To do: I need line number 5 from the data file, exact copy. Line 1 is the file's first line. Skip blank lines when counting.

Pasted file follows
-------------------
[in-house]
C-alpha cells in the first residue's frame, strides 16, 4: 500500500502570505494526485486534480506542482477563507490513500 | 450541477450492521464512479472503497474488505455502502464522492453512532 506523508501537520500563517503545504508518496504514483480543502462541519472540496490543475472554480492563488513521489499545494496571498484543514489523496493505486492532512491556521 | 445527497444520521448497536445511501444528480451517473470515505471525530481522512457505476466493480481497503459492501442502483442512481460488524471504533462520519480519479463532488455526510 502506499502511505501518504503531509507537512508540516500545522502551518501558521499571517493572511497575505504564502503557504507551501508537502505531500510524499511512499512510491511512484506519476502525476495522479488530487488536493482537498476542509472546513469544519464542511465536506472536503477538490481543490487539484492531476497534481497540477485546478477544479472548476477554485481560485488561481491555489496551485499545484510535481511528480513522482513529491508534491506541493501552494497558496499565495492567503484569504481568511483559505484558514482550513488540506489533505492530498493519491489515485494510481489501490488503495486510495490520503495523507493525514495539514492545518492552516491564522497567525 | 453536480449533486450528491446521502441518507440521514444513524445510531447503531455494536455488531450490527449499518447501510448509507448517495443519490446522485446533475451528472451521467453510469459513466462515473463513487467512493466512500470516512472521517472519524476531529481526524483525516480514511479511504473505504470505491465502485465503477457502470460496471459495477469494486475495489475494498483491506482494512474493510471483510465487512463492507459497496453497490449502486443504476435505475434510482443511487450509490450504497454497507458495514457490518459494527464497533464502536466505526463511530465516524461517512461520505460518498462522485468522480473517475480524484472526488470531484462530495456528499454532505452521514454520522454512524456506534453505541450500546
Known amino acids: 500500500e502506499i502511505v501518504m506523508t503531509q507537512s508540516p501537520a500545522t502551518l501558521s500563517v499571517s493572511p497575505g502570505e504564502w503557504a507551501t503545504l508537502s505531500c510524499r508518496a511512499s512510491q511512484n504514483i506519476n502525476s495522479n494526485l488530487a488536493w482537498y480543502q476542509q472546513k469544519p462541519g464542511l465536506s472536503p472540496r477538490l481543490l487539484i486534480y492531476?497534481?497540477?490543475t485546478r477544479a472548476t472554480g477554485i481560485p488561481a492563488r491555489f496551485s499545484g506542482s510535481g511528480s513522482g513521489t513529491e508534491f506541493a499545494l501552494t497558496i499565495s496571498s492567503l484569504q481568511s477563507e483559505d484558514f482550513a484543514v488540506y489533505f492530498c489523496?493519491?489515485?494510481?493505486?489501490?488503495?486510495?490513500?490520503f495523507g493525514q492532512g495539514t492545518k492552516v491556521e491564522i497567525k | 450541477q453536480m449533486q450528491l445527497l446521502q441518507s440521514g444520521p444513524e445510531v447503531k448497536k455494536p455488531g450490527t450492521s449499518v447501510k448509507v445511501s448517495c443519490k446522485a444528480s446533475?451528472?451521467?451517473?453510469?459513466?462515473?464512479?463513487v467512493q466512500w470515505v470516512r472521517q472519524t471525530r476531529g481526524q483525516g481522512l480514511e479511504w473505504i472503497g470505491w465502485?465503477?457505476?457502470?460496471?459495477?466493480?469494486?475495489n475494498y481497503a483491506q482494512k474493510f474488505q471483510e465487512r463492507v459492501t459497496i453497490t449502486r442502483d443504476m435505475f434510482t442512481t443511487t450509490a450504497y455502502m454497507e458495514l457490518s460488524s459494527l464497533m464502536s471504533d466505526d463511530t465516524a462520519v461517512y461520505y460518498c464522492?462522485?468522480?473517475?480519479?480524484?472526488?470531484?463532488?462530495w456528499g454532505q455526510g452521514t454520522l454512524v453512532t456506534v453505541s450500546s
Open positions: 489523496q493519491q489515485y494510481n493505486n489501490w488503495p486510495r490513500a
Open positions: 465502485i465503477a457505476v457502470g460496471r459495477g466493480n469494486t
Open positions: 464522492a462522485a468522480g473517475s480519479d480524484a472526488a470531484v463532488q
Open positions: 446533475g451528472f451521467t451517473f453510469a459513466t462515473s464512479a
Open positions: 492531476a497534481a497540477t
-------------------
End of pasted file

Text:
Open positions: 465502485i465503477a457505476v457502470g460496471r459495477g466493480n469494486t